Birdsong proves geographical races have different responses.

By Dave Armstrong - 30 Nov 2014 12:25:0 GMT
Birdsong proves geographical races have different responses.

The stonechat is loved in many countries for his chirpy song and the fact that he heralds the summer in wild places. Here, the true success of the species over Africa, Asia as far as Siberia and Europe can be better understood by using the song and plumage as discriminating features for sexual selection. Scottish stonechat image; Credit: © Shutterstock

Geographically, the stonechat Saxicola torquata (or rubicola) has a variety of sexually selected traits, such as its appearance and its song. There were significant differences found in Kim G Mortega, Heiner Fllinks and Barbara Helm’s study published in Frontiers in Zoology as- Behavioural response of a migratory songbird to geographic variation in song and morphology. The 3 authors work at the Max Planck Institute for Ornithology in Radolfzell, Germany and the Universities of Konstanz and Glasgow.

These sexually-selected traits are important for evolutionary diversification. Males are chosen for their songs by receptive females but each species has a different relevance for the song. Acoustic and visual signalling differ geographically, leading to a behavioural barrier to breeding and hence speciation. Migratory birds have yet another factor thrown into the mix, although the songs can be acquired quickly. Hens, for example, may have to choose their mates more quickly than species which are residents. Song may therefore contribute to geographical variation more than inherited morphological traits.

This study involved playback of songs to both sexes, also using decoys. Local stimuli of appropriate decoys and songs produced stronger responses for males and females, but especially for the acoustic stimuli. Reproductive isolation does seem a likely end-result for such geographical mating barriers, although the results indicate a cline whereby the 2 extremes would tend not to mate, but intermediates could recognise the sounds as mating calls and respond at least partly.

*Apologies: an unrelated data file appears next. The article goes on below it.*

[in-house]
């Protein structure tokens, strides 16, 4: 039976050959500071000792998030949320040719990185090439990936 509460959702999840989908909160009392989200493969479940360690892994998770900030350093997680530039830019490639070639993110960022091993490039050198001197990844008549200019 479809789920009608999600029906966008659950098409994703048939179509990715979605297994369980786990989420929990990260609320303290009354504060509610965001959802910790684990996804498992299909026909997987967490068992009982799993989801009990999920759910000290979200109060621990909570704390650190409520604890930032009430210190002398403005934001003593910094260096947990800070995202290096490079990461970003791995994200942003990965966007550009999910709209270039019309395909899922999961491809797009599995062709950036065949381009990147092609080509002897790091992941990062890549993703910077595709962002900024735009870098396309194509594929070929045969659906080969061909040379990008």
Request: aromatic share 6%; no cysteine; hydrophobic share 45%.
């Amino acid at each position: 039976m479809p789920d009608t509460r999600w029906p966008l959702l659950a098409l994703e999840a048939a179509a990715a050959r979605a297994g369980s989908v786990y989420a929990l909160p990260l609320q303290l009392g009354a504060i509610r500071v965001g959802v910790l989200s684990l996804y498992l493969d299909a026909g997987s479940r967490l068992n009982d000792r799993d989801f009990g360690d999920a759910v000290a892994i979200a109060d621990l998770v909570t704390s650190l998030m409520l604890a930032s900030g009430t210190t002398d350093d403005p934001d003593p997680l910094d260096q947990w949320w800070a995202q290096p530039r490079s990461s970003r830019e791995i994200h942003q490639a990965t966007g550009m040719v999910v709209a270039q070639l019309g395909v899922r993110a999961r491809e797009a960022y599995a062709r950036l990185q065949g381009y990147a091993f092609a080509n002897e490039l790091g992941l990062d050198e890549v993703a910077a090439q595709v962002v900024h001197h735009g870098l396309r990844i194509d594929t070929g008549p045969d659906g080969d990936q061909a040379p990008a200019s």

Vocal learning is the key to this research, as the natal region provides the mix of song types that would be acceptable to a mate. Imperfect copying could be the reason for local variations, just as in any language. So we can talk of song dialects. The experimentation involved is by studying copulation and solicitation displays after standardised playback. The offspring from a mating between local birds would be better equipped to deal with local ecologies. One of the most interesting experiments was to try out the closely related African stonechat, which has the same Latin name at the moment. The male response was dramatic, as they obviously had fine discrimination between attractive local competitors and those from further away.

The answer for a lost individual after mating would be to learn a new song or how to react to novel stimuli such as the song in the case of females. Nightingales have been shown to learn new songs in their first season, (see our old The Nightingale Sings story on Sarah Kiefer’s paper), so the migratory problem seem to be overcome in some cases. Local stonechat males of course might have something to say about these interlopers! The point is that colour and other morphological characters also aid in discrimination, so it’s not the song, it’s the singer.